8. Outline your sketch first, then add details to keep your drawing proportionate. When you’re taking a drawing from sketch to finished work, don’t worry about the small details right away. Start by filling in basic shapes and values, then clean up your drawing and add details as you go. If you focus on intricate details too soon, you might make one part of your drawing too big or too small, and the work will feel out of balance when you're finished.
    Draw Step 8 Version 5.jpg
    • For instance, if you're drawing a flower, you might start by sketching out the lines of the petals and stem. Once you've done that, you might start adding details like the center of the flower and the curves of the leaves and petals. Finally, you would add shading and any intricate details that are left.

[Edit]Drawing People and Faces

  1. Sketch a large oval shape and a cross to draw a person's face up close. Draw an upside-down egg shape that's slightly narrower on the bottom and wider on the top. Then, lightly sketch a vertical and a horizontal line going through the oval.
    Draw Step 9 Version 3.jpg
    • These lines will help you balance the proportions of the person's face. Draw them lightly, since you don't want them to show in the finished drawing.
    • If you'd like to learn more, read How to Draw a Face.
  2. Use the lines to sketch the person's facial features. Draw the person's eyes along the horizontal line and place the nose about halfway between the eyes and the bottom of the chin. Sketch eyebrows above the eyes, then add the ears so that the bottoms of the ears line up with the bottom of the nose, and the tops of the ears line up with the eyebrows.
    Draw Step 10 Version 3.jpg
    • Imagine a line halfway between the bottom of the nose and the chin, then place the mouth on top of this line.
    • From here, you can fill in details like the person's eyelashes, pupils, and hair, along with shading and other details.
    • Erase the vertical and horizontal lines when you're finished.
  3. Draw a circle on top of a trapezoid to make the silhouette of a head. If you're drawing a person from a little further away, the picture will look more realistic if you create the shape of a skull. To do this, draw a circle, then draw a narrow horizontal line a little below the circle. Create the jawline by sketching angled lines coming from the sides of the circle down to where they meet the horizontal line.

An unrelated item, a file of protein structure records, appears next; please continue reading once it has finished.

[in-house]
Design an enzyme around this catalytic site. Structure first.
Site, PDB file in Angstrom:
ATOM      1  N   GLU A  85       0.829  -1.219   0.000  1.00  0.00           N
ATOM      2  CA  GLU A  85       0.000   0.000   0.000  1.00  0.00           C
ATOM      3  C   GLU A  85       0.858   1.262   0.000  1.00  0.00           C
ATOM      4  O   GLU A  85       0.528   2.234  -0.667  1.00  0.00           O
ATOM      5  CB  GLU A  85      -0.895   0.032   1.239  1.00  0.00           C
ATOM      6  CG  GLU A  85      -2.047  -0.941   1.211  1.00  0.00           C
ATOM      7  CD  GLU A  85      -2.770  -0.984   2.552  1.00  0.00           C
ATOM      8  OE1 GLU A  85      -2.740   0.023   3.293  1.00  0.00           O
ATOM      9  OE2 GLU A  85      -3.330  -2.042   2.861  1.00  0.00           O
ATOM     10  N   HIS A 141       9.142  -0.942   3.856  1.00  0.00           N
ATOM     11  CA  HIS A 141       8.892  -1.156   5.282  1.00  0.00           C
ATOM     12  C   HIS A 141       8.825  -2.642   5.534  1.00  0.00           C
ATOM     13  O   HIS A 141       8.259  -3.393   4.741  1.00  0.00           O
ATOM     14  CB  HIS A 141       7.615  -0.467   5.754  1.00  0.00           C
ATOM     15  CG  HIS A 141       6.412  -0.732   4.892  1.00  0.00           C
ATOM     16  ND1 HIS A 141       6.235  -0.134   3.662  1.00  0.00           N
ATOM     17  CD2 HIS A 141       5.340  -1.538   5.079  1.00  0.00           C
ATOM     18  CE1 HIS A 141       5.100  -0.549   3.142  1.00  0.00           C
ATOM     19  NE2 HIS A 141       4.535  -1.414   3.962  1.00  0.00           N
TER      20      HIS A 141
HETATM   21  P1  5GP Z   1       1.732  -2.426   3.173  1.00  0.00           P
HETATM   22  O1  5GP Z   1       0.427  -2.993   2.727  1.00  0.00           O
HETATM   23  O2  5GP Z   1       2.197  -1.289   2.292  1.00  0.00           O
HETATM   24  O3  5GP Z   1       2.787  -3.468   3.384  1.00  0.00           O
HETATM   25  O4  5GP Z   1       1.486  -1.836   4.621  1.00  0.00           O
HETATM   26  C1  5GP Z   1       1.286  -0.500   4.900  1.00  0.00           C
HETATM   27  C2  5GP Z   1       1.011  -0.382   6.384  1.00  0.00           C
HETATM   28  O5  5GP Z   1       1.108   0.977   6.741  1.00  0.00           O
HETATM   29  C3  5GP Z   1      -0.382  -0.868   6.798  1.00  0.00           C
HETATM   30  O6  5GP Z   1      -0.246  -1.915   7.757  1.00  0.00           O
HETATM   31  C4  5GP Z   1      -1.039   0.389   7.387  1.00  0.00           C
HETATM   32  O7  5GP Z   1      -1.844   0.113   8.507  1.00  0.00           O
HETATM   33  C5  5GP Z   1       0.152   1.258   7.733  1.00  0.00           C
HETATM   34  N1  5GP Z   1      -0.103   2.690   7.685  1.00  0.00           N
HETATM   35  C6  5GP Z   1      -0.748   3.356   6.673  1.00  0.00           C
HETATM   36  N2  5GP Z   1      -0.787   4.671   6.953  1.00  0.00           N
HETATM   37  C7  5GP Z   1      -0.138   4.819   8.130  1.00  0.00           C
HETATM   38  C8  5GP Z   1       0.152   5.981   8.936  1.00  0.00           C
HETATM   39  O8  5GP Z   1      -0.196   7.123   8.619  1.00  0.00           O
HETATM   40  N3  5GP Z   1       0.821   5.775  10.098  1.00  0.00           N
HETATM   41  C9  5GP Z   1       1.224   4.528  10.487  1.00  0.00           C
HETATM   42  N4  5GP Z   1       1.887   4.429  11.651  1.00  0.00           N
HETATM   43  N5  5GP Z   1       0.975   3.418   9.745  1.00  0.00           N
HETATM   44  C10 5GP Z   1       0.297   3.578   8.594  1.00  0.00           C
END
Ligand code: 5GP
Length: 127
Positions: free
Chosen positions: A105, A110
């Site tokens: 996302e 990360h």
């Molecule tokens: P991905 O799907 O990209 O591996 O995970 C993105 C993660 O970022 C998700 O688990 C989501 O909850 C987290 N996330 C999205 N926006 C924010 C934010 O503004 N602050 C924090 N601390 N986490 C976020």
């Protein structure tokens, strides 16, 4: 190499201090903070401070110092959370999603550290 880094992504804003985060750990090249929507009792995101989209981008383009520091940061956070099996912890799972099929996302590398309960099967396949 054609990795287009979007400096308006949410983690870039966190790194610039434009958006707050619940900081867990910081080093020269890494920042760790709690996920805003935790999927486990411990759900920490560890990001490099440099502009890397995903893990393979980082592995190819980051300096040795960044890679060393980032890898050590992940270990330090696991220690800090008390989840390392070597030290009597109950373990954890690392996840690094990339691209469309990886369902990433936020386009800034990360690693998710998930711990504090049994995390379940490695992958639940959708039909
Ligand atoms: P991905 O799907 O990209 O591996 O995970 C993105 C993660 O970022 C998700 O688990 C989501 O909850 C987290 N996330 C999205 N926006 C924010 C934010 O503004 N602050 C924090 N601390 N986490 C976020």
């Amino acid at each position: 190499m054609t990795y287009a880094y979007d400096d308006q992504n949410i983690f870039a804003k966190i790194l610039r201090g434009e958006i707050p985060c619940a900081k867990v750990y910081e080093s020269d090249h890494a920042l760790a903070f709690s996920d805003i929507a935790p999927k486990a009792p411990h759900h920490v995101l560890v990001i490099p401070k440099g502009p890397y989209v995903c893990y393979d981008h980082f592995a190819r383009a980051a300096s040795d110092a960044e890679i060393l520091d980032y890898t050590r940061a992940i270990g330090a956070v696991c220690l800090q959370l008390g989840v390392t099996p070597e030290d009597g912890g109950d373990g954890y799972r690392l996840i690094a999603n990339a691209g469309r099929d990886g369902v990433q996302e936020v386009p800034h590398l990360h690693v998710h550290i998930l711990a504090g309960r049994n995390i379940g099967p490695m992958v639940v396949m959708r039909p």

Draw Step 11 Version 3.jpg
    • Females tend to have a narrower chin, while males often have a wider jawline.
    • You can still use the crossed directional lines from a close-up drawing to help you keep the proportion as you fill in the features of the person's face.
    • Draw these lines lightly so they don't show in your finished drawing later.
  4. Draw a rounded rectangle and an oval to create the person's core. Just below the head, draw a long rectangle, which will be the person's torso. Make the rectangle very narrow for a slender person, or wider if the person is large. Then, sketch a horizontal oval overlapping the bottom of the rectangle. This will be the person's hips.
    Draw Step 12 Version 3.jpg
    • If the person's neck will show in the picture, draw a narrow rectangle reaching from the person's head to their core.
    • If the person is standing still, the rectangle should be perfectly up and down. If they're leaning slightly, tilt the rectangle a little, or tilt the rectangle dramatically to show that a person is bent over or in motion, like someone who's sprinting.
  5. Use straight lines and circles to sketch out the person's limbs. Use a straight line to represent each segment of the person's limbs, like their upper and lower arms and legs. Then, draw small circles anywhere that the person bends, such as their shoulders, knees, elbows, and wrists.
    Draw Step 13 Version 3.jpg
    • Draw the lines and circles lightly since they're just meant to help you visualize the person's form. You'll erase them after you add detail to the drawing.